lunes, 25 de mayo de 2009

1001 BUILDINGS you must see before you die

Casa Ponce
1001 BUILDINGS you must see before you die
(Quintessence Books) (Hardcover)
by Mark Irving (Editor)

Located on the slope of the historic section of San Isidro Labrador to the north of Buenos Aires, Mathias Klotz’s most renowned work challenges the tolerance of the domestic in relation to the skills of modern architecture.

Partly semi-underground and almost entirely a cantilevered building, Casa Ponce- more than three-quarters of which floats above the ground and itself- is not only a disturbing and spectacular architectural structure but also an overt metaphor for the fetish of contemporary architecture: the cantilevered box.

On a 21,528 square-foot lot in a dramatic rectangular shape, Klotz resolves the quite unchallenging single-family housing program with a provocative twist: providing, on such a narrow lot, open views of the Río de la Plata, located behind the property. The layout of the parallel bars along the length of the lot struggles with the problematic decision not to divide the lot in two.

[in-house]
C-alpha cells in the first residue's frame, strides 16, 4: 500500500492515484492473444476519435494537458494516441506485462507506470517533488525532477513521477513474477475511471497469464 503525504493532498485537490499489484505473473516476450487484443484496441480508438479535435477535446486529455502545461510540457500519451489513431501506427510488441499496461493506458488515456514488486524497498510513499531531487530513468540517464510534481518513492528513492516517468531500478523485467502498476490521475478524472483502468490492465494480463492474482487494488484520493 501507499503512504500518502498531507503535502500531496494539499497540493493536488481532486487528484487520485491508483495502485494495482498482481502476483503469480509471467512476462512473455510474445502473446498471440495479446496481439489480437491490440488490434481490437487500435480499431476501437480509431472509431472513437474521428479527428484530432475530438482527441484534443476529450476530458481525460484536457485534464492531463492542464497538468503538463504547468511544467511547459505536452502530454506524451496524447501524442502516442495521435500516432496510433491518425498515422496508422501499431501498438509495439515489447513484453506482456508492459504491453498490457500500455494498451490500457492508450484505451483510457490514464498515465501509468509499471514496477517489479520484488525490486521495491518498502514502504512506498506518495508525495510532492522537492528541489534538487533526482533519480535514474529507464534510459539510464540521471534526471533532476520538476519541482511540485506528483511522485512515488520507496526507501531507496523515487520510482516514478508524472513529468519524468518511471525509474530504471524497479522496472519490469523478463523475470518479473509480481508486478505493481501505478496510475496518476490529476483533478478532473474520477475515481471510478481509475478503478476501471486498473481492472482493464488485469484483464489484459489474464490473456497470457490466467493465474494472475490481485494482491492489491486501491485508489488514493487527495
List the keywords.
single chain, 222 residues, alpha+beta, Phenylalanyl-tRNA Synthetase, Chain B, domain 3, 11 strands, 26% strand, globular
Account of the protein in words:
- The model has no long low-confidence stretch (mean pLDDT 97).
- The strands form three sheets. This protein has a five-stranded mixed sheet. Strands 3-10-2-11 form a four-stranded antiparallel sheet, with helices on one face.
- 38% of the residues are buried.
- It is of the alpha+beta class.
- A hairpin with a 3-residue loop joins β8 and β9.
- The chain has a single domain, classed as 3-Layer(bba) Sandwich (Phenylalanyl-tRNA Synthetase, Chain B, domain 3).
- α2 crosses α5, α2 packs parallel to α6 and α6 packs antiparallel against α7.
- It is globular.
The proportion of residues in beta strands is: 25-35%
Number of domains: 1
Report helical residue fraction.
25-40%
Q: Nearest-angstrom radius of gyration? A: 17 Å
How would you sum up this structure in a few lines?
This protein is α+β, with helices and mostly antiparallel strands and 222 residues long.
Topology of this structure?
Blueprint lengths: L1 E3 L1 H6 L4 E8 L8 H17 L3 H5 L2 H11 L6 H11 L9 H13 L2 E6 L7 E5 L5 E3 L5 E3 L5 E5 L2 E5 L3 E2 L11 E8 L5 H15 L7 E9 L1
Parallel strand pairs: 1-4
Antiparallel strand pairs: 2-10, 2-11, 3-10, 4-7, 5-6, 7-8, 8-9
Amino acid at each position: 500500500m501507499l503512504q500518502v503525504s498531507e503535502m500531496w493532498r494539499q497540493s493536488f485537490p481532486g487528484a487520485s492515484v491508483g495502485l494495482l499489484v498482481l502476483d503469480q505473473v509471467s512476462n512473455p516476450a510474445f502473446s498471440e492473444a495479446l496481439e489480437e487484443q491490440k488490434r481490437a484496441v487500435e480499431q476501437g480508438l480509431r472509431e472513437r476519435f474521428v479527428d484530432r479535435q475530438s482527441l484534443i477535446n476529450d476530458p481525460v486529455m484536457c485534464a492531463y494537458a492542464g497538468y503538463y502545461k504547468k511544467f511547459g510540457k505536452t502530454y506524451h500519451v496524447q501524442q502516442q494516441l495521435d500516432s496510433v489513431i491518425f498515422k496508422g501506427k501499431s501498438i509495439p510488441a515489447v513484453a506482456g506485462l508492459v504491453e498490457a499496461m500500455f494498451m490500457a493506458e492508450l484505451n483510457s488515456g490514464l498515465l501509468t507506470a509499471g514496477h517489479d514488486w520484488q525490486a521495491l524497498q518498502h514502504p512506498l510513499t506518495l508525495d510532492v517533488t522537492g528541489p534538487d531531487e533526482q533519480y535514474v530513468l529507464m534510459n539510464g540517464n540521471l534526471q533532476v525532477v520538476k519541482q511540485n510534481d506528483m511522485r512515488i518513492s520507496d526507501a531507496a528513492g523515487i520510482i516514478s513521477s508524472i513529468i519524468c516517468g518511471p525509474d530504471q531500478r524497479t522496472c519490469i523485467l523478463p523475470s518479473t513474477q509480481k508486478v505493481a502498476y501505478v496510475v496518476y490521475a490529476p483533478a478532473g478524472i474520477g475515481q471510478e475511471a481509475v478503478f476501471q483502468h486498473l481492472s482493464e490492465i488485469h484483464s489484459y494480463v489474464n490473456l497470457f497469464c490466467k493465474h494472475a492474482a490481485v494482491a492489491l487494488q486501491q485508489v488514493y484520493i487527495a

A compact concrete bar rests on the edge that it shares with the glass box in the middle, and all the elements seem to float on a small semi-underground volume where the services are housed. The bedrooms are on the upper level, with its fabulous garden deck, while the crystal volume houses the living room, deceiving the eye and making the pool appear to extend over the river on the horizon. The service rooms, the machine rooms and the laundry room literally hold up the house.

The functionality of such vertiginous cantilevers could be debated, as could the simple structural provocation of making weekend bathers seem to levitate; clearly, the work of this still young architect does not only aim to provide heavenly views of the landscape, but also to add a bit of dramaticism to life in these riverside suburbs. P.A.B.